seq misleading diagnostic

Version:

coreutils-6.10 (fixed in 6.11)

How it is diagnosed (reproduced or source analysis)?

Reproduced and source analysis

How to reproduce?

$ seq -f % 1

  -- This is an invalid input!

Symptom:

Early termination.

‘seq -f % 1’ issues and erroneous diagnostic

"seq: memory exhausted"

rather than reporting the invalid string format.

The correct  behavior should be to print the following:

$ coreutils-6.11/src/seq -f % 1

coreutils-6.11/src/seq: no % directive in format string `%'

Try `../../coreutils-6.11/src/seq --help' for more information.

Root cause:

Developer didn’t consider this case.

In version 6.11, simply adds the function:

/* The confusing msg is printed in this func: */

void xalloc_die (void)

{

 error (exit_failure, 0, "%s", _("memory exhausted"));

 abort ();

}

/* Why it xalloc_die is called? It’s from the function below. */

print_numbers (... ...) {

           .. ..      

 // Here, fmt = “%L”, x = 2, this is normal!!!

 int x_strlen = asprintf (&x_str, fmt, x);

 if (x_strlen < 0)

        xalloc_die ();

}

// Eventually, asprintf will end up calling PRINTF_PARSE...

PRINTF_PARSE(...) {

.. ..

 /* Here, c = ‘\0’ because of the invalid input... */

 switch (c) {

        case 'd': case 'i':

                                ...

        default: // This was reached when c == 0

          goto error;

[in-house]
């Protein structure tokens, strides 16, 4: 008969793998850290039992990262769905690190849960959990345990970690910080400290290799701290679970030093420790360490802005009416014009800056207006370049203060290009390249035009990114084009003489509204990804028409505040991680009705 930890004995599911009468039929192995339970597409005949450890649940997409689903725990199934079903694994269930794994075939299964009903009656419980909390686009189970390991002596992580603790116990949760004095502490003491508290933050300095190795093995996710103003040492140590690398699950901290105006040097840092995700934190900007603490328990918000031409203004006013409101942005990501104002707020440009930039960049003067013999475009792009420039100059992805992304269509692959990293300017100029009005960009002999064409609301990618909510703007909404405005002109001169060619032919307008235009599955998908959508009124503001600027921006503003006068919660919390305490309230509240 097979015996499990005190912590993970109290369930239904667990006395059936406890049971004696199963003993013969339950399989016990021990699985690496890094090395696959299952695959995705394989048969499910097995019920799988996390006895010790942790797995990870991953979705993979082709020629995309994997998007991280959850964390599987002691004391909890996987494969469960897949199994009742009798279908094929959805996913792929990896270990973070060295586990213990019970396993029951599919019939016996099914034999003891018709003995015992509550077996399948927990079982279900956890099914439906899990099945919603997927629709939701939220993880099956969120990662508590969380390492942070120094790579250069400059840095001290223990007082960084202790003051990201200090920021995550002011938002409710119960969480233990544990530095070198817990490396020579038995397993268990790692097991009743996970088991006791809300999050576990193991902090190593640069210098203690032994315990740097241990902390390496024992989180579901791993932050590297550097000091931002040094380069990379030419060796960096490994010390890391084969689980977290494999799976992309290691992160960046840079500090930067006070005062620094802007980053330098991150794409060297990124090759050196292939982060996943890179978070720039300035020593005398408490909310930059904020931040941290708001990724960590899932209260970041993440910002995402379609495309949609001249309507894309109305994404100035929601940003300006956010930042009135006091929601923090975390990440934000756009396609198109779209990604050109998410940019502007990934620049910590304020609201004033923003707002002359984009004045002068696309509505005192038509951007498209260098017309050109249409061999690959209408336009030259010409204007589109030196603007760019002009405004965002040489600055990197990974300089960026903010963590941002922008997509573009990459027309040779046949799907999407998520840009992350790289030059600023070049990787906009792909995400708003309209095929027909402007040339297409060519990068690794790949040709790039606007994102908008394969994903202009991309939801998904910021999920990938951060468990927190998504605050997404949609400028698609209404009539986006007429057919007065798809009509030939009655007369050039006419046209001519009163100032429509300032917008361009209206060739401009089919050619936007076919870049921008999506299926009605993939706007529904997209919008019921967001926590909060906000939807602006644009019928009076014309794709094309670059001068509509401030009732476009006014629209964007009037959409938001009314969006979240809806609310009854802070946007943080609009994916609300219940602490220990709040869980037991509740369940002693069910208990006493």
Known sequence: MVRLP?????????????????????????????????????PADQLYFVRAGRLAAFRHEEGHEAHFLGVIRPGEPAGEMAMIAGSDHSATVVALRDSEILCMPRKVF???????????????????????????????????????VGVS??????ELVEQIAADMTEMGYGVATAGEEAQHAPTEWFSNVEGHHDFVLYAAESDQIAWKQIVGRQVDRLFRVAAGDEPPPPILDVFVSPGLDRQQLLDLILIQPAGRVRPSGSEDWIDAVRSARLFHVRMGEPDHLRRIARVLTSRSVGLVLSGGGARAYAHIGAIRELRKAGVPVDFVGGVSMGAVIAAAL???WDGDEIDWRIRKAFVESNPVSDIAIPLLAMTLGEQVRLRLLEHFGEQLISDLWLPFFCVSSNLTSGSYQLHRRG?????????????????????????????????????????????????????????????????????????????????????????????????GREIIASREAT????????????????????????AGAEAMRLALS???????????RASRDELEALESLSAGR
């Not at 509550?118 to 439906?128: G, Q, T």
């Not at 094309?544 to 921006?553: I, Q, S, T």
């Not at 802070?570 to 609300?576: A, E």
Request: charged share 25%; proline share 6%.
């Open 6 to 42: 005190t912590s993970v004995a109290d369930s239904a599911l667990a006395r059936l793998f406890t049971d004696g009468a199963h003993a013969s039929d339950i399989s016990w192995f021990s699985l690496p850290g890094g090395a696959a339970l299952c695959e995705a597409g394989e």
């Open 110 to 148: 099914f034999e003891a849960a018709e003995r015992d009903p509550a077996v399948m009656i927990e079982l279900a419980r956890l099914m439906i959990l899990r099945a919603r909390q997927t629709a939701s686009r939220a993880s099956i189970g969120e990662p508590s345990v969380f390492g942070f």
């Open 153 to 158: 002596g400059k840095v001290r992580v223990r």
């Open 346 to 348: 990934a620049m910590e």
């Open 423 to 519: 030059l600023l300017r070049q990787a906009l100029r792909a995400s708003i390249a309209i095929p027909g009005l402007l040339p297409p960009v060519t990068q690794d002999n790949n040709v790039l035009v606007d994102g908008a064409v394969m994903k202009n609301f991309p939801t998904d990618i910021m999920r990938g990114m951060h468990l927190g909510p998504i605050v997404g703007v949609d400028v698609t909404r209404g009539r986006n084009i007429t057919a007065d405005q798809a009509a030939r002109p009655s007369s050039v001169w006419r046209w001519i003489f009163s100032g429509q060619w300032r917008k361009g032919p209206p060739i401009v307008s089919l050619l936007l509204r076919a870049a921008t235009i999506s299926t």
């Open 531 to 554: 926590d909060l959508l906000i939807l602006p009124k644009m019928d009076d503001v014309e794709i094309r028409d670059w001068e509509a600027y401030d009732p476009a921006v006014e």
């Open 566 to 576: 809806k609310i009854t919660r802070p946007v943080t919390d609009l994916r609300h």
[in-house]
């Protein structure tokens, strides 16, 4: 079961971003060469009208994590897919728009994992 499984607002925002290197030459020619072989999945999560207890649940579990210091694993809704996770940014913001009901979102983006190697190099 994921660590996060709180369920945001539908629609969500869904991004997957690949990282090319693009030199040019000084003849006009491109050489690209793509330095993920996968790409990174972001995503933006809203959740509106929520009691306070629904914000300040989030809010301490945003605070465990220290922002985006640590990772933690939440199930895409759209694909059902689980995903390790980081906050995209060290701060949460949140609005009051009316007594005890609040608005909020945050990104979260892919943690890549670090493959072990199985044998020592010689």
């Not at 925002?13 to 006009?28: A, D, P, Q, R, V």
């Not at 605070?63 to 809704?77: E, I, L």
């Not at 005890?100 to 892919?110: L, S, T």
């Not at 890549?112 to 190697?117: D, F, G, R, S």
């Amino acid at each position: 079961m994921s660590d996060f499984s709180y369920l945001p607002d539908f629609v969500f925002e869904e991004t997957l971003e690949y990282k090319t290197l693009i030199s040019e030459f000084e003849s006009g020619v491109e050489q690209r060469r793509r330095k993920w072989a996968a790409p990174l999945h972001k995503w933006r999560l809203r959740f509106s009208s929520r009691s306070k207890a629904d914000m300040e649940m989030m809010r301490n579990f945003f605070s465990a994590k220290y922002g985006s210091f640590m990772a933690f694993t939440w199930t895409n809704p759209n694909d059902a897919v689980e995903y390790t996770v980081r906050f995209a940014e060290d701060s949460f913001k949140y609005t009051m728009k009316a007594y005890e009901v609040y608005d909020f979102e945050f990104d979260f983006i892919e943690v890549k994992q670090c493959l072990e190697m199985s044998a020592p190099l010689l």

--- ERROR point!!!

                     }

 error:

   /* It will cause PRINTF_PARSE to return -1, and thus return

      error all the way to print_numbers, causing it to call

      xalloc_die. */

   errno = EINVAL;

   return -1;

}

/* So the root cause is that seq did not check the format for

  the % directive, therefore allowing this invalid input to

  escape from any checks..

  The fix is to add a new function ‘validate_format’ to check

  the input format for the % directive. */

+ /* Validate the format, FMT.  Print a diagnostic and exit

+   if there is not exactly one %-directive.  */

+ int validate_format (char const *fmt) {

+   unsigned int n_directives = 0;

+   char const *p;

+   for (p = fmt; *p; p++) {

+           if (p[0] == '%' && p[1] != '%' && p[1] != '\0')  {

+            ++n_directives;

+            ++p;

+     }

+  }

+  if (n_directives == 0) { /* given the invalid input, it will reject it. */

+          error (0, 0, _("no %% directive in format string %s"), quote (fmt));

+          usage (EXIT_FAILURE);

+   }

+  else if (1 < n_directives)

+        error (EXIT_FAILURE, 0, _("too many %% directives in format string %s"),

+        quote (fmt));

+ }

main () {

   if (format_str) {

      // format_str == ‘%’ here.

+      validate_format (format_str);

      char const *f = long_double_format (format_str, &layout);

          …

      print_numbers(format_str, …);

}

Is there Error Message?

Yes

Can Errlog print an error message?

Yes. There are two error locations where Errlog will insert a message. The first one is the ‘default’ case in PRINTF_PARSE, the 2nd one is in xalloc_die before the ‘abort’ (abnormal exit). So Errlog can provide more evidences than the original logging. In particular, the message printed at the default case will be very helpful to diagnosis as it’s very close to the root cause.